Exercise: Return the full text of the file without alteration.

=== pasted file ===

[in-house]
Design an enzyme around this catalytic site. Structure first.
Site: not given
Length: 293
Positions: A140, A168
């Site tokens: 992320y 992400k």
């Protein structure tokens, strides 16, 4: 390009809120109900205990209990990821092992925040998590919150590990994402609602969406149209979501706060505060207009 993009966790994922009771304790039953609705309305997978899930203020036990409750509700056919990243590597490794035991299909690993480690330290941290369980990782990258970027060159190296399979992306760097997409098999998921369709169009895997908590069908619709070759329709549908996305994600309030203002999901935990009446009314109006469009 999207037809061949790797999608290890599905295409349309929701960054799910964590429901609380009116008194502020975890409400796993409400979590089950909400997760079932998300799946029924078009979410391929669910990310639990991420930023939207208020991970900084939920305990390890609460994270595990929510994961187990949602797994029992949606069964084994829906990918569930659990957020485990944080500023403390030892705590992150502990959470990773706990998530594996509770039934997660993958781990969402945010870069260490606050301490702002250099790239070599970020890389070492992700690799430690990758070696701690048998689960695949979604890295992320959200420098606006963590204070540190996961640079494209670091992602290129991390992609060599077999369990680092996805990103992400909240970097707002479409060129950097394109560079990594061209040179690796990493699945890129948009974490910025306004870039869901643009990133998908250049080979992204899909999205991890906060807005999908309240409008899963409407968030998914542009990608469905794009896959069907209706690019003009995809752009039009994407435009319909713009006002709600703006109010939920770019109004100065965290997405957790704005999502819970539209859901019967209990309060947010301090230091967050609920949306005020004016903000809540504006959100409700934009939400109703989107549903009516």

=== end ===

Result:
[in-house]
Design an enzyme around this catalytic site. Structure first.
Site: not given
Length: 293
Positions: A140, A168
């Site tokens: 992320y 992400k």
């Protein structure tokens, strides 16, 4: 390009809120109900205990209990990821092992925040998590919150590990994402609602969406149209979501706060505060207009 993009966790994922009771304790039953609705309305997978899930203020036990409750509700056919990243590597490794035991299909690993480690330290941290369980990782990258970027060159190296399979992306760097997409098999998921369709169009895997908590069908619709070759329709549908996305994600309030203002999901935990009446009314109006469009 999207037809061949790797999608290890599905295409349309929701960054799910964590429901609380009116008194502020975890409400796993409400979590089950909400997760079932998300799946029924078009979410391929669910990310639990991420930023939207208020991970900084939920305990390890609460994270595990929510994961187990949602797994029992949606069964084994829906990918569930659990957020485990944080500023403390030892705590992150502990959470990773706990998530594996509770039934997660993958781990969402945010870069260490606050301490702002250099790239070599970020890389070492992700690799430690990758070696701690048998689960695949979604890295992320959200420098606006963590204070540190996961640079494209670091992602290129991390992609060599077999369990680092996805990103992400909240970097707002479409060129950097394109560079990594061209040179690796990493699945890129948009974490910025306004870039869901643009990133998908250049080979992204899909999205991890906060807005999908309240409008899963409407968030998914542009990608469905794009896959069907209706690019003009995809752009039009994407435009319909713009006002709600703006109010939920770019109004100065965290997405957790704005999502819970539209859901019967209990309060947010301090230091967050609920949306005020004016903000809540504006959100409700934009939400109703989107549903009516």